Why The Fuss About Halle Bailey Being Cast as Ariel The Little Mermaid?
What makes a good movie is not just the storyline but, the characters and who plays each role and the overall production. In fact, it is a combination of different factors. There will always be divergent views on such matters, and that is why there has been an upsurge in arguments lately on the much-anticipated scheduled live-action remake of the fairytale “The Little Mermaid”. And this time, the focus of the argument is locked on the story’s main character, the little mermaid herself, Ariel being played by Halle Bailey
It is disheartening that some people somewhere are discrediting what a young girl – through hard work & perseverance – has achieved so far not just for herself, her family but her community as well – trying to rubbish her positives just because of her skin colour? It’s really sad, and that’s undeniably racism!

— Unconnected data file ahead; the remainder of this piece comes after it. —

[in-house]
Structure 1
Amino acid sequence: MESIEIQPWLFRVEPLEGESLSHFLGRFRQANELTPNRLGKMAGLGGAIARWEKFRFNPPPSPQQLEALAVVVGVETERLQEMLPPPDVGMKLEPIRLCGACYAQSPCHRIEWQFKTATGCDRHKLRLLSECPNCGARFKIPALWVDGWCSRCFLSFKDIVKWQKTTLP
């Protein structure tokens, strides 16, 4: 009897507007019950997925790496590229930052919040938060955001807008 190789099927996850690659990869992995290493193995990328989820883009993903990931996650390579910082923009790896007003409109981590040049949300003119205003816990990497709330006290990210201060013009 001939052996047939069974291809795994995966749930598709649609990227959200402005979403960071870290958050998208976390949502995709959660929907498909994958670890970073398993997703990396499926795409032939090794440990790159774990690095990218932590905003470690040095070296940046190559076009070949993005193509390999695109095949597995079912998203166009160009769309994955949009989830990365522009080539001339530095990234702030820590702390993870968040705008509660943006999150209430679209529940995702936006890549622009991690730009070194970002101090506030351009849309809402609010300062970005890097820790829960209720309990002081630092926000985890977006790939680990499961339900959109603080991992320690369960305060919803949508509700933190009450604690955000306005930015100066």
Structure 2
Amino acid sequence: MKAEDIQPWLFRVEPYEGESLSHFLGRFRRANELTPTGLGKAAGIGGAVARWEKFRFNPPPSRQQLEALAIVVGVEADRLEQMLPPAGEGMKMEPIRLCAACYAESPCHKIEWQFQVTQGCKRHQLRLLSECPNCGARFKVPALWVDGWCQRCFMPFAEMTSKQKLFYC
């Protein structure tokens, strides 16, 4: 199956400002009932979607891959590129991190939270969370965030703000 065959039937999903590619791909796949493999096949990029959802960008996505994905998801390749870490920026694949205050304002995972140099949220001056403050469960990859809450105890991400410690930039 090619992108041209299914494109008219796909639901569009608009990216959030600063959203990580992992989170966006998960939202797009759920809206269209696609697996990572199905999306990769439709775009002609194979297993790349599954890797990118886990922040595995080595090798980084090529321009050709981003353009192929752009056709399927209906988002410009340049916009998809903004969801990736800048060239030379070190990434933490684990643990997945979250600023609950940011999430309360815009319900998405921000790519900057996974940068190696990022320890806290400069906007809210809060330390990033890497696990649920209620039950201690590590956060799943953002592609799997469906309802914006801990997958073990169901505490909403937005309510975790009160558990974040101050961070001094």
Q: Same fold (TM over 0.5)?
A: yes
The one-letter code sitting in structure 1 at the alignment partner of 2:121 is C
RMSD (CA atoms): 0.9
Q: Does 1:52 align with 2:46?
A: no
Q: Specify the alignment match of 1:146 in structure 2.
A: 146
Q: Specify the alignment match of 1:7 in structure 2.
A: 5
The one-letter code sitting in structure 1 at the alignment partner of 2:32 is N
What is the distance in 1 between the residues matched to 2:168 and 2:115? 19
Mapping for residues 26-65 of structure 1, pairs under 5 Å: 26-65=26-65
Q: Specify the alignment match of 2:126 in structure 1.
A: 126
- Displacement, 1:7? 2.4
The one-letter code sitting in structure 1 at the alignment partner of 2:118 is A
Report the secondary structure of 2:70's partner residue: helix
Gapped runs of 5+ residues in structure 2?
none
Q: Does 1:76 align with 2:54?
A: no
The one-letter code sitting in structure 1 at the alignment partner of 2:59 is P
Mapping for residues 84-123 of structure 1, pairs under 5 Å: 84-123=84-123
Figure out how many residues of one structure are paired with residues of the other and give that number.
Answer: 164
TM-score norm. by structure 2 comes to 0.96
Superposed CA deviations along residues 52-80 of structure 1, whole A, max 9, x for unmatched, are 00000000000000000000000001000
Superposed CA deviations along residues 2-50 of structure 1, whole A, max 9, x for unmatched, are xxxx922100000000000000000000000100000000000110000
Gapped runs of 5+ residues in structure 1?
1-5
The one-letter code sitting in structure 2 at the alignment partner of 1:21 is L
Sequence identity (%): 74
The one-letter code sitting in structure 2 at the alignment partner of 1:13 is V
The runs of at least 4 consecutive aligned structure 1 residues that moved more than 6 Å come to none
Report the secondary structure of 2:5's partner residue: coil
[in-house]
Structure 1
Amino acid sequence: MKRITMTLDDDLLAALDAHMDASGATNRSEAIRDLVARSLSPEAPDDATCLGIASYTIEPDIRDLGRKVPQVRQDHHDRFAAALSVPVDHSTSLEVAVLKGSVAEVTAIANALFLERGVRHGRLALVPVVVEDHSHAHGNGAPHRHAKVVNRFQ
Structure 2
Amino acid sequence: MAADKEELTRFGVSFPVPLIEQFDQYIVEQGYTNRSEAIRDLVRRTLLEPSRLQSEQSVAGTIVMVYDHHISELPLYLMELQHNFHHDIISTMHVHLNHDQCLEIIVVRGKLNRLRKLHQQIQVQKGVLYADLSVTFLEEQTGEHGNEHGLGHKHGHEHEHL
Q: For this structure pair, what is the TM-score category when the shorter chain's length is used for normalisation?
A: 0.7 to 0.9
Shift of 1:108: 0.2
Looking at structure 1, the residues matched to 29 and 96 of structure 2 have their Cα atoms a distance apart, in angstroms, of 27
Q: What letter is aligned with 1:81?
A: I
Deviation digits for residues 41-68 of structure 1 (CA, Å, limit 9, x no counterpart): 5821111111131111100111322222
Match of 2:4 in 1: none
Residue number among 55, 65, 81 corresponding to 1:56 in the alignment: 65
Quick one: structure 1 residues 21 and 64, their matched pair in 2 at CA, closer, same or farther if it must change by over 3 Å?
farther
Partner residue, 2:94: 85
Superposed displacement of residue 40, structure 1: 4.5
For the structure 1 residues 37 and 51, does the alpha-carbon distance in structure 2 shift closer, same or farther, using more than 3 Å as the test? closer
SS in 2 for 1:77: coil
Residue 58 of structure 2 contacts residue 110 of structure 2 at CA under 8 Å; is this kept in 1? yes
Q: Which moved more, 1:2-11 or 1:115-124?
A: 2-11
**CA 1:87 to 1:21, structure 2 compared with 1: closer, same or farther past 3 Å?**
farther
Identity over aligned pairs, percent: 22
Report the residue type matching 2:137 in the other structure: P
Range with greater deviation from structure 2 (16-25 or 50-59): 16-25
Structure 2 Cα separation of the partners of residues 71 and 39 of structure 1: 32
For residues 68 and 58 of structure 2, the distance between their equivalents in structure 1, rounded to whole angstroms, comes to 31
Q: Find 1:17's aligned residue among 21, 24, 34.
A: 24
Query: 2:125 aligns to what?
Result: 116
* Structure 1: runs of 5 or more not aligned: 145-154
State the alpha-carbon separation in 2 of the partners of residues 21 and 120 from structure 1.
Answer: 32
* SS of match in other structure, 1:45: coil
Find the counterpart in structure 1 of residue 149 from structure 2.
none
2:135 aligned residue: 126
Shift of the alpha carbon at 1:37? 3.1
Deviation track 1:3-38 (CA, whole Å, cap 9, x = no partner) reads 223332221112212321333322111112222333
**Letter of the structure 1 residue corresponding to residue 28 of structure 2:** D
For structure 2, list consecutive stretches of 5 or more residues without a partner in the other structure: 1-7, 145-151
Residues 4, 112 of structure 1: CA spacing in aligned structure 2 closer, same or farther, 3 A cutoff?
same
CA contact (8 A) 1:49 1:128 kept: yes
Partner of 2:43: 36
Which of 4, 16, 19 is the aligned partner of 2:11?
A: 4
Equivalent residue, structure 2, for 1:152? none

History of Mermaids: Are Mermaids originally ‘White’?
For people in Zimbabwe they call it “Mondao”, while in South Africa it is referred to as “Kaaiman” – whichever way you choose to label it in your local dialect, there is still a common belief that it is a myth after all. That a mermaid is a myth – that’s what many people perceive across the many regions of the world because there has been no real confirmation of its existence till date, though there have been scarce reports from supposed eye-witnesses recalling encounters with the special creature. Mermaids are creatures that dominantly live underwater, with the upper part of their body all human but the lower part from beneath the stomach fully covered in full flesh of a fish.